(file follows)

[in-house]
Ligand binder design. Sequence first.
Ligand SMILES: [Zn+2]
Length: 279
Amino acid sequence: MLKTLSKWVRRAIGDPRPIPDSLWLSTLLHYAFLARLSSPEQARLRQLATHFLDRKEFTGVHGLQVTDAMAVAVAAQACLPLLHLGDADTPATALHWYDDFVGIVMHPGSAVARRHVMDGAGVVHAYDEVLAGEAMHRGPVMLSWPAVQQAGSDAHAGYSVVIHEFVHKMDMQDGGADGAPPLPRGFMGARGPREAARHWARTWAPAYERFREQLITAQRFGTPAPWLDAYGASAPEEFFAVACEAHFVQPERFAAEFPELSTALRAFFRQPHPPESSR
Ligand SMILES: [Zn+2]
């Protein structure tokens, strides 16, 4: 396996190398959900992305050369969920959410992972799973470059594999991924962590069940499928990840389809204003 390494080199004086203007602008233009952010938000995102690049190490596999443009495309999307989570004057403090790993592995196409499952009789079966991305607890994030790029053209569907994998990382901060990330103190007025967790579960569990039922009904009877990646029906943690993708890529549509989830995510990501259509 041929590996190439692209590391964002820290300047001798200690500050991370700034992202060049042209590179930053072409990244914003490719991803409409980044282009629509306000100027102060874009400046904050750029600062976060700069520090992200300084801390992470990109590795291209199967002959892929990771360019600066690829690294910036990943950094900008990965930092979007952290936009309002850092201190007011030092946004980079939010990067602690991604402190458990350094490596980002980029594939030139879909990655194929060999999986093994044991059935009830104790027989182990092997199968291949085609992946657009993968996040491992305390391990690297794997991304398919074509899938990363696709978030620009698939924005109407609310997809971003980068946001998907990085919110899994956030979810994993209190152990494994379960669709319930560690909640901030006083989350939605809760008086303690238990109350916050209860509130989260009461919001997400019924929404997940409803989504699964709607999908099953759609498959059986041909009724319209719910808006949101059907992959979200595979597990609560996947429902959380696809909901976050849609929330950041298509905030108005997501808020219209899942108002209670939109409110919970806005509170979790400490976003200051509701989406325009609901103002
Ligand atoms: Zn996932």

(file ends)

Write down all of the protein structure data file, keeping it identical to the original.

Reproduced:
[in-house]
Ligand binder design. Sequence first.
Ligand SMILES: [Zn+2]
Length: 279
Amino acid sequence: MLKTLSKWVRRAIGDPRPIPDSLWLSTLLHYAFLARLSSPEQARLRQLATHFLDRKEFTGVHGLQVTDAMAVAVAAQACLPLLHLGDADTPATALHWYDDFVGIVMHPGSAVARRHVMDGAGVVHAYDEVLAGEAMHRGPVMLSWPAVQQAGSDAHAGYSVVIHEFVHKMDMQDGGADGAPPLPRGFMGARGPREAARHWARTWAPAYERFREQLITAQRFGTPAPWLDAYGASAPEEFFAVACEAHFVQPERFAAEFPELSTALRAFFRQPHPPESSR
Ligand SMILES: [Zn+2]
């Protein structure tokens, strides 16, 4: 396996190398959900992305050369969920959410992972799973470059594999991924962590069940499928990840389809204003 390494080199004086203007602008233009952010938000995102690049190490596999443009495309999307989570004057403090790993592995196409499952009789079966991305607890994030790029053209569907994998990382901060990330103190007025967790579960569990039922009904009877990646029906943690993708890529549509989830995510990501259509 041929590996190439692209590391964002820290300047001798200690500050991370700034992202060049042209590179930053072409990244914003490719991803409409980044282009629509306000100027102060874009400046904050750029600062976060700069520090992200300084801390992470990109590795291209199967002959892929990771360019600066690829690294910036990943950094900008990965930092979007952290936009309002850092201190007011030092946004980079939010990067602690991604402190458990350094490596980002980029594939030139879909990655194929060999999986093994044991059935009830104790027989182990092997199968291949085609992946657009993968996040491992305390391990690297794997991304398919074509899938990363696709978030620009698939924005109407609310997809971003980068946001998907990085919110899994956030979810994993209190152990494994379960669709319930560690909640901030006083989350939605809760008086303690238990109350916050209860509130989260009461919001997400019924929404997940409803989504699964709607999908099953759609498959059986041909009724319209719910808006949101059907992959979200595979597990609560996947429902959380696809909901976050849609929330950041298509905030108005997501808020219209899942108002209670939109409110919970806005509170979790400490976003200051509701989406325009609901103002
Ligand atoms: Zn996932």